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Appellate Court Reverses Maintenance Decision in Wright
December 31, 2007
On December 4, 2007, the District I Court of Appeals issued their opinion in Wright v. Wright, No. 2006AP2111 (Wis. Ct. App. Dec. 4, 2007) (recommended for publication). The decision affirmed in part, reversed in part and remanded with directions, the orders rendered by the Milwaukee County Court Judges John J. DiMotto and Michael D. Guolee.
This is first of three articles on the case. This article will summarize its holdings; the next two will discuss its possible ramifications.
A Troubling Maintenance Ruling
Linda and Charles Wright were divorced following a marriage of over 21 years.
The trial court found that Charles’ retained earnings in a company known as “FRG” were gifted and non-divisible. The trial court also found the majority of a Baird account, which consisted primarily of proceeds from a terminated trust, was a gift to Charles and therefore non-divisible.
With respect to maintenance, the trial court awarded Linda half of Charles’ FRG salary, half of his FRG bonus or retained earnings distributions, half of FRG income reduced by retained earnings subject to a 45% tax rate, and half of the distributions from a company known as “GRAT”. The trial court did not include, for purposes of maintenance, any distributions from several other business entities, finding they had no income, any future earnings would be return on capital and counting income from these entities would constitute double-counting.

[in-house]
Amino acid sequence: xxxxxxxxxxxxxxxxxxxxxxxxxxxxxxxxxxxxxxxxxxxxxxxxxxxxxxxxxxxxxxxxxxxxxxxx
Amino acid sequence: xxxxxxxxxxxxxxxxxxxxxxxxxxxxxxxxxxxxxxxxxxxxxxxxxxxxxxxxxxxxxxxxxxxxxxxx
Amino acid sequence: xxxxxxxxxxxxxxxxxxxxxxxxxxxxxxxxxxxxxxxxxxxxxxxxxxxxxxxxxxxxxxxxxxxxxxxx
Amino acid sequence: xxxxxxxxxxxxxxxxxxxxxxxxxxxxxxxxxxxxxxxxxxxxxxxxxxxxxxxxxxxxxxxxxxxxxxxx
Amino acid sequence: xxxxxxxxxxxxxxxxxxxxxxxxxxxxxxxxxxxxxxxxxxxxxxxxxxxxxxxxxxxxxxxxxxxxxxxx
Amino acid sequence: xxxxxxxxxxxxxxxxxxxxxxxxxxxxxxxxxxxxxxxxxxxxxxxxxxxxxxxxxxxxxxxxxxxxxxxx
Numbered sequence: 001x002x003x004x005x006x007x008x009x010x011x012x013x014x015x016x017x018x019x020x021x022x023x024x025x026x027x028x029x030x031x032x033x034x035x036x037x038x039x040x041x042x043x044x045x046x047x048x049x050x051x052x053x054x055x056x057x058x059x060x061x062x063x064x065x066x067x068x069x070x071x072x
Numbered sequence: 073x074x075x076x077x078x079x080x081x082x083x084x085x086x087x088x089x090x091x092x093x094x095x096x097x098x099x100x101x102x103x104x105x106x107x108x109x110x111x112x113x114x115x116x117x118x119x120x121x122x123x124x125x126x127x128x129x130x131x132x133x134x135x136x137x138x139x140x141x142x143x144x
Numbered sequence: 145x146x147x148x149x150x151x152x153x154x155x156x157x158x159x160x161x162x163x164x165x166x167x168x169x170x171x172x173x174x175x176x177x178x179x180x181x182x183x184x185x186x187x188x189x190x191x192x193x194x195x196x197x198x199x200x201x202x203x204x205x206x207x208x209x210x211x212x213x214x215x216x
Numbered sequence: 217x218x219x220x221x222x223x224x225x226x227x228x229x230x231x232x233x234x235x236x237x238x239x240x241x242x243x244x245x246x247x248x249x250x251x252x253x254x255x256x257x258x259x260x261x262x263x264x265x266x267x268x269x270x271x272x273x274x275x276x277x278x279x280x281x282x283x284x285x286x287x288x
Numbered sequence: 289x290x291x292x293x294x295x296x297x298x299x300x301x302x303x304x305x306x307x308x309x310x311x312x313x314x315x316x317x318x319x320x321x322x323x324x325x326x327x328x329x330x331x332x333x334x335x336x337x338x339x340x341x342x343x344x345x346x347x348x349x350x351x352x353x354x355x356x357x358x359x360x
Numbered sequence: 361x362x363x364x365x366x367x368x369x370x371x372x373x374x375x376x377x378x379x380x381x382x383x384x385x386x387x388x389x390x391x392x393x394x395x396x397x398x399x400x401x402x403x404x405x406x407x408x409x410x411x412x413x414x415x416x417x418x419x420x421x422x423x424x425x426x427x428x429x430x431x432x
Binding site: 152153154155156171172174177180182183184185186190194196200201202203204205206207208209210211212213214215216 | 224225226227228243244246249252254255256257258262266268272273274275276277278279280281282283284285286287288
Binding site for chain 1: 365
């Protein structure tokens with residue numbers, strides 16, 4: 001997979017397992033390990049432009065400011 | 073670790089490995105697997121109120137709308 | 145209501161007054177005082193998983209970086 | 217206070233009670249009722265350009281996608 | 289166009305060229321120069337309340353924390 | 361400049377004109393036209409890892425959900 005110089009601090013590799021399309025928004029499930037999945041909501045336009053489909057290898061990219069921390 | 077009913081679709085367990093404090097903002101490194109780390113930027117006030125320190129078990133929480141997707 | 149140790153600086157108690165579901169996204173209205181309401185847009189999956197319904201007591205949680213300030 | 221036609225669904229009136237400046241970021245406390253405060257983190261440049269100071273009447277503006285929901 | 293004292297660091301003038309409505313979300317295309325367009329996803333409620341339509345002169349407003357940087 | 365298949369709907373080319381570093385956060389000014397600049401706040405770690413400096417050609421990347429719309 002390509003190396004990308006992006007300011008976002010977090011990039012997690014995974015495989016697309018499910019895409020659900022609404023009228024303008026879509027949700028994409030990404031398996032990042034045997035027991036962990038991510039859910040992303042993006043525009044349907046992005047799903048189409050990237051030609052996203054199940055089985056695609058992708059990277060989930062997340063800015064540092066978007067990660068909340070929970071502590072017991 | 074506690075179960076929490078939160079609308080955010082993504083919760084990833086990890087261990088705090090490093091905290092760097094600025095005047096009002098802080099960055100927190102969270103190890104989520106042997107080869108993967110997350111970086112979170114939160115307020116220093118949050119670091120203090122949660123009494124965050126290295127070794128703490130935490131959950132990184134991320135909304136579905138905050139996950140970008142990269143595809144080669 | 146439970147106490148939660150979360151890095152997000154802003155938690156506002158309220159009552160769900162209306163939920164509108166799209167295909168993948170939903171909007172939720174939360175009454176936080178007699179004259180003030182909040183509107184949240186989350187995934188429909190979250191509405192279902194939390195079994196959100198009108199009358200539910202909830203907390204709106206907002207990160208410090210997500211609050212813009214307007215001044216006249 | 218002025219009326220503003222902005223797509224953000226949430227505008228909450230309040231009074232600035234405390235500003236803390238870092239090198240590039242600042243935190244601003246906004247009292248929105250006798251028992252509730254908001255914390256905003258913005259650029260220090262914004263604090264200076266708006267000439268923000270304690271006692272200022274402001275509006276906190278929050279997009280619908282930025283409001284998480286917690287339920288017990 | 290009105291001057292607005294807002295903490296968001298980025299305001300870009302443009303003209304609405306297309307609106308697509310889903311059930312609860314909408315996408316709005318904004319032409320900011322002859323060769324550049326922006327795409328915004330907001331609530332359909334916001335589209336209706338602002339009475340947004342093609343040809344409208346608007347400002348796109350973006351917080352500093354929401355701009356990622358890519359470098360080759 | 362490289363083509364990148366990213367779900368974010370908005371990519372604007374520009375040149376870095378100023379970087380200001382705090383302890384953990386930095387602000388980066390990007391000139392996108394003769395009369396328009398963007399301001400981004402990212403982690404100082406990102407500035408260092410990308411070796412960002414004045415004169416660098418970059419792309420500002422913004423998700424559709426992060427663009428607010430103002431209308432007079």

The trial court also denied Linda’s request for an attorney’s fee contribution.
The court of appeals, in a decision written by Judge Ted Wedemeyer, affirmed the trial court’s ruling for the most part on finding certain assets to be non-divisible. The appellate court also affirmed the trial court’s use of a tax rate of 45 percent as part of its maintenance order, finding it was within the range of what the experts proposed. The appellate court additionally affirmed the order denying Linda’s request for a contribution to her attorney fees.
The court of appeals, however, reversed the trial court ruling that the money market portion of the Baird account was non-divisible, holding that unaccounted for deposits resulted in the transmutation of the money market account into a divisible account.
More significantly, the appellate court reversed the trial court’s maintenance decision and remanded for reconsideration.
Per the decision, the trial court erred when it failed to include a variety of sources of Charles’ income when awarding maintenance. Although the trial court found these entities were not currently making money, and therefore including them in the maintenance income consideration would be speculative, the court of appeals held that it was error not to order maintenance from any future earnings.
The appellate court also disagreed with the trial court that any future earnings from these sources will constitute a return on capital, not a source of income, and disagreed that counting income from these entities would constitute double-counting because the value of the companies was included in the property division.
On remand, the court of appeals ordered the trial court to consider income from all sources in determining the maintenance calculation.
While the property division portions of this decision seem rather straightforward, the reversal on maintenance raises certain questions:
For one, where a trial court issues a lengthy, thoughtful decision, why is it a misuse of its discretion for the trial court not to include non-income producing sources for maintenance?
Another question: Is it ever double-counting to exclude income from a business from a maintenance calculation, even when a business valuation may include the future income of the business?
Moreover, where is the line where a trial court has discretion, as opposed to where an appellate court directs its actions?
For more on these questions – and more questions – stay tuned for next week’s column.
This article originally appeared in the Wisconsin Law Journal.